When I was browsing the library of books available to read as part of Mystery Thriller Week, this book caught my eye immediately – a serial killer thriller with a clown on the cover – yes, please, I shall read that right away!
The greater the evil, the more deadly the game…
When Emma awakens in total darkness, she is aware of her nakedness. Injuries. A bed not her own. A blindingly bright light suddenly pierces the blackness and a disembodied male voice calls her “Venus”. Venus – the goddess of love, beauty, sex and desire. He says she is “Venus Six”. What does this predator want from her? Can she outwit the masked man who demands to be called “Master”? Or will he be looking for Venus Seven?
Detective Inspector Gravel finds himself floundering when a local nineteen-year-old university student is abducted and imprisoned by a sadistic serial killer who has already tortured and killed at least five young women.
Emma has been taken, locked in a room by her abductor, renamed ‘Venus [Six].’ The five blonde-haired girls before her failed and were brutally killed, can DI Gravel and DS Rankin catch this killer, will Emma live up to expectations of her captor – failure equals death.
“Disappoint me one too many times and the last sound you hear will be your own screams.”
I really liked the opening of this book, it was fast-paced and exciting. Not long into the book, the killer is revealed, this did cause the pace to slow down a bit for me but I like when a book takes a direction I wasn’t expecting as it’s a sure way to keep my attention. Towards the end of the book, Nicholl changed the direction again and this made for an ending I very much enjoyed – I believe I may have written a whole new book in my head of what’s to come following that ending! I can say no more without spoilers but this is definitely a fun read, with an ending that makes this book memorable.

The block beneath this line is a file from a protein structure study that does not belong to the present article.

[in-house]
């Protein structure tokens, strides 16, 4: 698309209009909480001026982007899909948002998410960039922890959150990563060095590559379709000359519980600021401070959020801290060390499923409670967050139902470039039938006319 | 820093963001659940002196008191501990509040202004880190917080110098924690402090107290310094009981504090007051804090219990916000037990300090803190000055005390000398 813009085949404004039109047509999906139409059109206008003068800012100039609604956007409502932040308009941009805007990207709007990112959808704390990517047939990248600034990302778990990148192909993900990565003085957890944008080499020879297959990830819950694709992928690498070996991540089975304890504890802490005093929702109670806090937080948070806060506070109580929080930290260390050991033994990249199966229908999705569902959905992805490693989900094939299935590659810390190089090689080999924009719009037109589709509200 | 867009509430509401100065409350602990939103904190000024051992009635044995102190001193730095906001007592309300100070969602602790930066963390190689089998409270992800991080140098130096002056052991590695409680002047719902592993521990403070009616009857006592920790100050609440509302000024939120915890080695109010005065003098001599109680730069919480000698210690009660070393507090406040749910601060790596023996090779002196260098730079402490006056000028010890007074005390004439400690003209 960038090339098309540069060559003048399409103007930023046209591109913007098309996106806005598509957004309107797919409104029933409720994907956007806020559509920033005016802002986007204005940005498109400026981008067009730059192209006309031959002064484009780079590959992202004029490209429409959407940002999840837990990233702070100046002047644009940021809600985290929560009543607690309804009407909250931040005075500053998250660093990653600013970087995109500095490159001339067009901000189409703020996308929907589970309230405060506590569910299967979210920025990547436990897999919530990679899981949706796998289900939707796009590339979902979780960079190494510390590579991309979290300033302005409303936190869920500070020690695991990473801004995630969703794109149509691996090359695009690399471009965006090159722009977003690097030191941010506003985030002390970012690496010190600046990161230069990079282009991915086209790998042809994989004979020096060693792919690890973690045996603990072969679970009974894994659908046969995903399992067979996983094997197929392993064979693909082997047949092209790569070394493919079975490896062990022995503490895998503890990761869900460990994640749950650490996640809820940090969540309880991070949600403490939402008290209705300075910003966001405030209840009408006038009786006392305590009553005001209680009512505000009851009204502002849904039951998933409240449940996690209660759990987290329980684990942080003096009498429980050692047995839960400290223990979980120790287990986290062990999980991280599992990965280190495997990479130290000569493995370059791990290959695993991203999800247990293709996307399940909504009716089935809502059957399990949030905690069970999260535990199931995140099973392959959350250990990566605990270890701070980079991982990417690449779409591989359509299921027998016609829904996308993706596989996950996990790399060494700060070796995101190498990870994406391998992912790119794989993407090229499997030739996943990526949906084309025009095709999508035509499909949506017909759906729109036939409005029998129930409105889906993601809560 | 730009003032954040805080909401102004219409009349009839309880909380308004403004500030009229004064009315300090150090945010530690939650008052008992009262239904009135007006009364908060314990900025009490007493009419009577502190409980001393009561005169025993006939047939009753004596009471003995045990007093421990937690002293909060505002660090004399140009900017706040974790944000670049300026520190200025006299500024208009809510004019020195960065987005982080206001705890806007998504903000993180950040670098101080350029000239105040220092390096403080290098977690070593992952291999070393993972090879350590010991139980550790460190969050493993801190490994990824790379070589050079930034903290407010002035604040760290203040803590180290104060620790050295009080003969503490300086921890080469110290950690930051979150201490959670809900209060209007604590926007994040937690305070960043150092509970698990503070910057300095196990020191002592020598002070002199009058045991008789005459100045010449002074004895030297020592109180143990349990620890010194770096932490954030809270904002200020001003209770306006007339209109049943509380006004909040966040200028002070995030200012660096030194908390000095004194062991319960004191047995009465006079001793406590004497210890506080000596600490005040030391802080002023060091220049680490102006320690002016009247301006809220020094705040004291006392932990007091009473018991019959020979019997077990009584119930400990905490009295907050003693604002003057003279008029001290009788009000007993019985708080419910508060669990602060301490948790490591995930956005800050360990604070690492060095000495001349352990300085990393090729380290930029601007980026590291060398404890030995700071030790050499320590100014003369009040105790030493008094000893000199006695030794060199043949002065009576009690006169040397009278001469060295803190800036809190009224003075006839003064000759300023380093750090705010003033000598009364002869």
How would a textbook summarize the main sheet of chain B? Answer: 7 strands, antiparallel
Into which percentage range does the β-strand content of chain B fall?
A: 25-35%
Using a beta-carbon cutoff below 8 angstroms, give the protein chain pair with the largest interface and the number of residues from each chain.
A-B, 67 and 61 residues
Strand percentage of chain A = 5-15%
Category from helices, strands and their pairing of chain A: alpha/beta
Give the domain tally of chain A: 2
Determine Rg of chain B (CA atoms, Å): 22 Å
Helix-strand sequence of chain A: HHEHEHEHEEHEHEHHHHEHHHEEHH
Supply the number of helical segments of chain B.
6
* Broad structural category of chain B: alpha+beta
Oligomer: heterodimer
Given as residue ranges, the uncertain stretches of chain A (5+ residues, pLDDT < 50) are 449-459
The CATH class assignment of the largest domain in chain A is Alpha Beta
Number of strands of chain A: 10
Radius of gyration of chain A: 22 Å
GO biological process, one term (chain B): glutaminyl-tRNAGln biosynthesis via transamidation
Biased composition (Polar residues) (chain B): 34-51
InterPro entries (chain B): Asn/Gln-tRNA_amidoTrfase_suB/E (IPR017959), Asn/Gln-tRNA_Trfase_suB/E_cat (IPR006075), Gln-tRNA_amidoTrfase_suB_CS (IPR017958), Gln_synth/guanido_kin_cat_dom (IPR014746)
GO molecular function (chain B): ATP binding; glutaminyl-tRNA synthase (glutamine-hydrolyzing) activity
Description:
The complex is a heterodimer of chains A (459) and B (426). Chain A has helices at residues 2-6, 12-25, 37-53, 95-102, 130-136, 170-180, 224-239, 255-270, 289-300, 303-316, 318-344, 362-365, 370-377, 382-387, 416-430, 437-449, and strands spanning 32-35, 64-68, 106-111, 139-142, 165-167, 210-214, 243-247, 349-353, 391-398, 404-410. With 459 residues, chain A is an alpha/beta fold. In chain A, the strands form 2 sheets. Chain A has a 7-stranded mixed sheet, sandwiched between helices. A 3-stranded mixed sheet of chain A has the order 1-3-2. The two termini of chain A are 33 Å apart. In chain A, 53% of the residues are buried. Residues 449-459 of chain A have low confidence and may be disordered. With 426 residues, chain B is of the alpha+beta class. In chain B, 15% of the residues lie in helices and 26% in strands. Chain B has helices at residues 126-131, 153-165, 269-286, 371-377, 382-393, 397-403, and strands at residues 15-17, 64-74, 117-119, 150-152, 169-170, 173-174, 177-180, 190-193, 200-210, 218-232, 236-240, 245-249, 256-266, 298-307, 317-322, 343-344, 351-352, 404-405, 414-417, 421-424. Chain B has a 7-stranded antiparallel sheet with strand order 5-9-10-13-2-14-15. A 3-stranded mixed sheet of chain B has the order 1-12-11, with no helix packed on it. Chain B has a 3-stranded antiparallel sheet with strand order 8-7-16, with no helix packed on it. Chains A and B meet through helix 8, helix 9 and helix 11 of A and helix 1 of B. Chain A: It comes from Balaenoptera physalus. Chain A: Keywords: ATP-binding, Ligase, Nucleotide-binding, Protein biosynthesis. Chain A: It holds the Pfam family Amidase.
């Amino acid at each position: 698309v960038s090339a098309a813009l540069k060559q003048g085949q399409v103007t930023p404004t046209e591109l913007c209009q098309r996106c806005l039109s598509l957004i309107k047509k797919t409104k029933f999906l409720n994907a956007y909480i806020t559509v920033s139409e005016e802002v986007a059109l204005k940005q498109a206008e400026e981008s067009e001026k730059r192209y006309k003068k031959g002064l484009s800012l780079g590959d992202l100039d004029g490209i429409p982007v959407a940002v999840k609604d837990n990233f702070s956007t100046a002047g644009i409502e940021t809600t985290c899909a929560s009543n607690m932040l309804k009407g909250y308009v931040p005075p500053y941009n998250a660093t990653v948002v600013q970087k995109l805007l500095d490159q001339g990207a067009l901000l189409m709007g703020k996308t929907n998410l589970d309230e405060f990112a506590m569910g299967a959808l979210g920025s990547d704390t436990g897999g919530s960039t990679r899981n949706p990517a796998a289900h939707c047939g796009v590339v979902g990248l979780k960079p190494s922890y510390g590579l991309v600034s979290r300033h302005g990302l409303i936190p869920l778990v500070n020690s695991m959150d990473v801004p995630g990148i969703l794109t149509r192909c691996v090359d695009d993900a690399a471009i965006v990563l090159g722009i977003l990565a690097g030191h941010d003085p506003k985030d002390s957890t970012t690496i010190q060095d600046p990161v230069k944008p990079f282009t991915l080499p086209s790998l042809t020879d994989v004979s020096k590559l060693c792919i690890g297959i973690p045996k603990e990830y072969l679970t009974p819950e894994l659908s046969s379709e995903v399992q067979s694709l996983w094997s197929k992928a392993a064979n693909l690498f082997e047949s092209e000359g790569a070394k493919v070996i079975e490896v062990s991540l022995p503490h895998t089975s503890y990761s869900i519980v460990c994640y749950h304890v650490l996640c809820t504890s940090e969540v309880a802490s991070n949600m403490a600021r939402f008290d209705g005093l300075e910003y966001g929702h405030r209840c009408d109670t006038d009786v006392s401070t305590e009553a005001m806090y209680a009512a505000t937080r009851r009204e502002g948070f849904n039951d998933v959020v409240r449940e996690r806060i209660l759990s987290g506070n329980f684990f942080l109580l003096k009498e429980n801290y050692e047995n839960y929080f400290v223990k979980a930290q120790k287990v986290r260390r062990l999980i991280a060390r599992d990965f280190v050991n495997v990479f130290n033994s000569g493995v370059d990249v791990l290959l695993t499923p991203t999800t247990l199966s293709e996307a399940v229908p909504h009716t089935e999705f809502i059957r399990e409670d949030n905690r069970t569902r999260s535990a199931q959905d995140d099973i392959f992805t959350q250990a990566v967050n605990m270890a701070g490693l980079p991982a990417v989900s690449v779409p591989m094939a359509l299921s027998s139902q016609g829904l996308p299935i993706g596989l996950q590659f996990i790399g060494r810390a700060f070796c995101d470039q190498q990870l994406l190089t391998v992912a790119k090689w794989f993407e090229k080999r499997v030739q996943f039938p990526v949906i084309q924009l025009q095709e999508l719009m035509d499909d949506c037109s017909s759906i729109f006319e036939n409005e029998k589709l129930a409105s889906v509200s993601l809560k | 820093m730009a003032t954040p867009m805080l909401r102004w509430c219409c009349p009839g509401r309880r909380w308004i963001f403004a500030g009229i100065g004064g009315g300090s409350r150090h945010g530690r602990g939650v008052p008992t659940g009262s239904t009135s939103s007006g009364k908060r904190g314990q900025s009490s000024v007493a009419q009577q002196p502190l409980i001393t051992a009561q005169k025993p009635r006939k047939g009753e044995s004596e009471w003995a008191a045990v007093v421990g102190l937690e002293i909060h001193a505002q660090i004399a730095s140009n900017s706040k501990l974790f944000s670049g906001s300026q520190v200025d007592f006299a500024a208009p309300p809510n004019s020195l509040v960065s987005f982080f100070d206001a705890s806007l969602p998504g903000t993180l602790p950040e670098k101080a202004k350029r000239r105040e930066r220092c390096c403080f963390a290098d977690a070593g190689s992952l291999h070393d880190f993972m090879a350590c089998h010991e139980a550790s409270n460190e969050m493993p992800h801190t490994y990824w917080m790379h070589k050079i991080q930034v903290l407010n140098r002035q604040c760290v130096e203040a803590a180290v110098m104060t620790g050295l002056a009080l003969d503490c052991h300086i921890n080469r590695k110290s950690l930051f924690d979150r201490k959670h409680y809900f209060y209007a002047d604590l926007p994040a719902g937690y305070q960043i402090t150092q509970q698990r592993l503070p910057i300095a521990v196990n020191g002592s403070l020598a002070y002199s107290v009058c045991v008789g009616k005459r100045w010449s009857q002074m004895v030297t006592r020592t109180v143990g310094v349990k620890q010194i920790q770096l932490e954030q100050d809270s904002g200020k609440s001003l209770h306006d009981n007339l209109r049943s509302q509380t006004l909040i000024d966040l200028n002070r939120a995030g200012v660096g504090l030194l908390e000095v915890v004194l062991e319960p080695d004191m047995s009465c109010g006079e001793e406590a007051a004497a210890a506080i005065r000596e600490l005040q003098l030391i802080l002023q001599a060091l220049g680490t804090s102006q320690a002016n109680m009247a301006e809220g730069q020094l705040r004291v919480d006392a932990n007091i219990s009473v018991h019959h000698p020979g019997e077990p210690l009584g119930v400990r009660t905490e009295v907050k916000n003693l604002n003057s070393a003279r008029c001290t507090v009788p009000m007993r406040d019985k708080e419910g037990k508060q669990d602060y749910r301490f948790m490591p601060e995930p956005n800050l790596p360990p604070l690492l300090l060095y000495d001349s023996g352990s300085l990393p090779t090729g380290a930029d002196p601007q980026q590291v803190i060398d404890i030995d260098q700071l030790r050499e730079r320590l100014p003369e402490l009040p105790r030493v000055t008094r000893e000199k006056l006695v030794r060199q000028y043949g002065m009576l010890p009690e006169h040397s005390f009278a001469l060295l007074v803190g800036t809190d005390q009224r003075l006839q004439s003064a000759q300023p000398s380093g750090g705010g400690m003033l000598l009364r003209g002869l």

I didn’t connect with any of the characters, due to the entertaining nature of this book, that didn’t really matter. There was some banter between the police officers which I enjoyed. The interactions between the killer and Emma were addictive, in the sense that, at any moment he could decide Emma wasn’t the perfect fit in his deluded fantasy and he’d kill her; Emma, in the worse possible situation anyone could be in, thinking fast to stay alive.
The violence is never in your face or gruesome, this was not a particularly dark or chilling read for me, this book is what I’d call a ‘light-hearted’ serial killer thriller. It’s worth mentioning, I read a lot of psychological thrillers, I’m right a home with a serial killer – in the metaphorical sense that is, hmm maybe ‘right at home’ was not the best phrase to use – so my threshold for disturbing/chilling/creepy content is extremely high and so to place a book in the ‘light-hearted’ category does not mean the book is completely without some unsettling, disturbing moments. But rather, this book may appeal to readers outside the genre or may be perfect for readers who don’t like anything too disturbing and chilling from their reads but do want some dark twisted moments that only a killer can deliver.
Overall, I liked this book, I have no reservations recommending it, however, this book wouldn’t immediately spring to mind if someone asked for a recommendation. It’s a good book but it didn’t stand out in the sea of psychological thrillers. If, as mentioned above, you’re looking for a ‘light-hearted’ serial killer thriller, then give this book a read.
*My thanks to the author, John Nicholl, for providing me with a digital copy of this book*